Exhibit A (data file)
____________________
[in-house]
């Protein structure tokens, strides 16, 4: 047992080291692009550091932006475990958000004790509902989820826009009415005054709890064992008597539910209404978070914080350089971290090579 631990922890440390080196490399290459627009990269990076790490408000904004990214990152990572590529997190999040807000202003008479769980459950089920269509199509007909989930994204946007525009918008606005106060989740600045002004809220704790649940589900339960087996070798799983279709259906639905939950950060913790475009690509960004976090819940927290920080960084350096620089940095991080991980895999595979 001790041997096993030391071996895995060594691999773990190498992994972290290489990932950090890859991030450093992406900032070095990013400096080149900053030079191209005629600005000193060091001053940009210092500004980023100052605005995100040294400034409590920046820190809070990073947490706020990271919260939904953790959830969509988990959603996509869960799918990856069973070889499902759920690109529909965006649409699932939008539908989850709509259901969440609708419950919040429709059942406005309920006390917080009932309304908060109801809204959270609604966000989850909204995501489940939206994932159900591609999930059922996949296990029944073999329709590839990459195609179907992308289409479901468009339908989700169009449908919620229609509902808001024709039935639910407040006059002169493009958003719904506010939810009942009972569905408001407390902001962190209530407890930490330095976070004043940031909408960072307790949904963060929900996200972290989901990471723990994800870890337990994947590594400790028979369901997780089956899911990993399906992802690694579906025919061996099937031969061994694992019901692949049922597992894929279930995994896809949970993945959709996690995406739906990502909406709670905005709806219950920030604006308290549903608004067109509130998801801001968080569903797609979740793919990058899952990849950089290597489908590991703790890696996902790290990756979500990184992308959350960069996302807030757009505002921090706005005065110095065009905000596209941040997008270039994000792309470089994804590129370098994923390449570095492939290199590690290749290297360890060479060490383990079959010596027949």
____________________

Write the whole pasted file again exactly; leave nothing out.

[in-house]
């Protein structure tokens, strides 16, 4: 047992080291692009550091932006475990958000004790509902989820826009009415005054709890064992008597539910209404978070914080350089971290090579 631990922890440390080196490399290459627009990269990076790490408000904004990214990152990572590529997190999040807000202003008479769980459950089920269509199509007909989930994204946007525009918008606005106060989740600045002004809220704790649940589900339960087996070798799983279709259906639905939950950060913790475009690509960004976090819940927290920080960084350096620089940095991080991980895999595979 001790041997096993030391071996895995060594691999773990190498992994972290290489990932950090890859991030450093992406900032070095990013400096080149900053030079191209005629600005000193060091001053940009210092500004980023100052605005995100040294400034409590920046820190809070990073947490706020990271919260939904953790959830969509988990959603996509869960799918990856069973070889499902759920690109529909965006649409699932939008539908989850709509259901969440609708419950919040429709059942406005309920006390917080009932309304908060109801809204959270609604966000989850909204995501489940939206994932159900591609999930059922996949296990029944073999329709590839990459195609179907992308289409479901468009339908989700169009449908919620229609509902808001024709039935639910407040006059002169493009958003719904506010939810009942009972569905408001407390902001962190209530407890930490330095976070004043940031909408960072307790949904963060929900996200972290989901990471723990994800870890337990994947590594400790028979369901997780089956899911990993399906992802690694579906025919061996099937031969061994694992019901692949049922597992894929279930995994896809949970993945959709996690995406739906990502909406709670905005709806219950920030604006308290549903608004067109509130998801801001968080569903797609979740793919990058899952990849950089290597489908590991703790890696996902790290990756979500990184992308959350960069996302807030757009505002921090706005005065110095065009905000596209941040997008270039994000792309470089994804590129370098994923390449570095492939290199590690290749290297360890060479060490383990079959010596027949």